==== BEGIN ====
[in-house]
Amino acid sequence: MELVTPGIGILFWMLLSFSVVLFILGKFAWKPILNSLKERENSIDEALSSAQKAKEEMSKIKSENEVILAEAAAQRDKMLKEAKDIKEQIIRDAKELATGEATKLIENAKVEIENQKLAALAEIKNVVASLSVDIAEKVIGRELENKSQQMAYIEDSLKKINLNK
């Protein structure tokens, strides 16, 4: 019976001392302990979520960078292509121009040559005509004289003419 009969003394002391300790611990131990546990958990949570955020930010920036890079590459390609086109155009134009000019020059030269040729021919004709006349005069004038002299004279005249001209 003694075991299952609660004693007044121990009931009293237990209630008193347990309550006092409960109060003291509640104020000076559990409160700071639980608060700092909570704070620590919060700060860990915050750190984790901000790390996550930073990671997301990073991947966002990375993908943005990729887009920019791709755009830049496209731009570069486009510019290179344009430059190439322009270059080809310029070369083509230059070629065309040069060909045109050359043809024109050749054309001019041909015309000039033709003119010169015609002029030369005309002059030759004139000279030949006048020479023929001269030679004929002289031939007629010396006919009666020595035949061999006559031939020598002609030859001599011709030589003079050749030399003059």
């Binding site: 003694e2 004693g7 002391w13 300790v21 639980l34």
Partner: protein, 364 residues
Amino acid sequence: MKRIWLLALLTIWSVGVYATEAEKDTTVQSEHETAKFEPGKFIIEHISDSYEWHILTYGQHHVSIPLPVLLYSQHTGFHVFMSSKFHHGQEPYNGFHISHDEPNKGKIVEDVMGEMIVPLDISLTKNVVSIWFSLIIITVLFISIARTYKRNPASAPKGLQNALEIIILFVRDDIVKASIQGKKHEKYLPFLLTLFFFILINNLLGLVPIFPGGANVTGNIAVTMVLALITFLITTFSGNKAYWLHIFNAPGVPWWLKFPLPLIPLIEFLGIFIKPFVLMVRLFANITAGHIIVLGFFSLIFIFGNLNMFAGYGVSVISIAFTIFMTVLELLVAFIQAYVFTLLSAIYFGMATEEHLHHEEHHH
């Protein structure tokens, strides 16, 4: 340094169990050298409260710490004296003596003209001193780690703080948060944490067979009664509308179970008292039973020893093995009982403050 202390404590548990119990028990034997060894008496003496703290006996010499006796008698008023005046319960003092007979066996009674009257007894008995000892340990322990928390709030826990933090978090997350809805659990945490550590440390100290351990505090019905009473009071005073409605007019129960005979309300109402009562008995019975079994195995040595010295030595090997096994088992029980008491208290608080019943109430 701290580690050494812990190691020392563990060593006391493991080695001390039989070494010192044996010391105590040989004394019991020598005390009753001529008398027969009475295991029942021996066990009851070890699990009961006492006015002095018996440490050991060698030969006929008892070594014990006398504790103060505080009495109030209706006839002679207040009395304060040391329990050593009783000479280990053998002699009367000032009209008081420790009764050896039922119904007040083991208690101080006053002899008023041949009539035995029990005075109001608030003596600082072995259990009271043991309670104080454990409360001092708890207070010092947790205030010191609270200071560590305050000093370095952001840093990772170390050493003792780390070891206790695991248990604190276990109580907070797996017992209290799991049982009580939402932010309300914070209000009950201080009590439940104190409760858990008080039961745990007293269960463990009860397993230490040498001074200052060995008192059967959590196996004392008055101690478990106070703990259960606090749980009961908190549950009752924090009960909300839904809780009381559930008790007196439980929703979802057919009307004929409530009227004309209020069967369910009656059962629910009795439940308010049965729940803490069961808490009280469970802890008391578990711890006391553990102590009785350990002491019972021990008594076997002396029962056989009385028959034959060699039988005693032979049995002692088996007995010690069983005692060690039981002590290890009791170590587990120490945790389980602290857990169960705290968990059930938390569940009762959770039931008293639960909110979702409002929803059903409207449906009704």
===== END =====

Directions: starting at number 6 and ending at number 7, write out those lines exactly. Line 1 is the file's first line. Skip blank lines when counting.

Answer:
Amino acid sequence: MKRIWLLALLTIWSVGVYATEAEKDTTVQSEHETAKFEPGKFIIEHISDSYEWHILTYGQHHVSIPLPVLLYSQHTGFHVFMSSKFHHGQEPYNGFHISHDEPNKGKIVEDVMGEMIVPLDISLTKNVVSIWFSLIIITVLFISIARTYKRNPASAPKGLQNALEIIILFVRDDIVKASIQGKKHEKYLPFLLTLFFFILINNLLGLVPIFPGGANVTGNIAVTMVLALITFLITTFSGNKAYWLHIFNAPGVPWWLKFPLPLIPLIEFLGIFIKPFVLMVRLFANITAGHIIVLGFFSLIFIFGNLNMFAGYGVSVISIAFTIFMTVLELLVAFIQAYVFTLLSAIYFGMATEEHLHHEEHHH
């Protein structure tokens, strides 16, 4: 340094169990050298409260710490004296003596003209001193780690703080948060944490067979009664509308179970008292039973020893093995009982403050 202390404590548990119990028990034997060894008496003496703290006996010499006796008698008023005046319960003092007979066996009674009257007894008995000892340990322990928390709030826990933090978090997350809805659990945490550590440390100290351990505090019905009473009071005073409605007019129960005979309300109402009562008995019975079994195995040595010295030595090997096994088992029980008491208290608080019943109430 701290580690050494812990190691020392563990060593006391493991080695001390039989070494010192044996010391105590040989004394019991020598005390009753001529008398027969009475295991029942021996066990009851070890699990009961006492006015002095018996440490050991060698030969006929008892070594014990006398504790103060505080009495109030209706006839002679207040009395304060040391329990050593009783000479280990053998002699009367000032009209008081420790009764050896039922119904007040083991208690101080006053002899008023041949009539035995029990005075109001608030003596600082072995259990009271043991309670104080454990409360001092708890207070010092947790205030010191609270200071560590305050000093370095952001840093990772170390050493003792780390070891206790695991248990604190276990109580907070797996017992209290799991049982009580939402932010309300914070209000009950201080009590439940104190409760858990008080039961745990007293269960463990009860397993230490040498001074200052060995008192059967959590196996004392008055101690478990106070703990259960606090749980009961908190549950009752924090009960909300839904809780009381559930008790007196439980929703979802057919009307004929409530009227004309209020069967369910009656059962629910009795439940308010049965729940803490069961808490009280469970802890008391578990711890006391553990102590009785350990002491019972021990008594076997002396029962056989009385028959034959060699039988005693032979049995002692088996007995010690069983005692060690039981002590290890009791170590587990120490945790389980602290857990169960705290968990059930938390569940009762959770039931008293639960909110979702409002929803059903409207449906009704």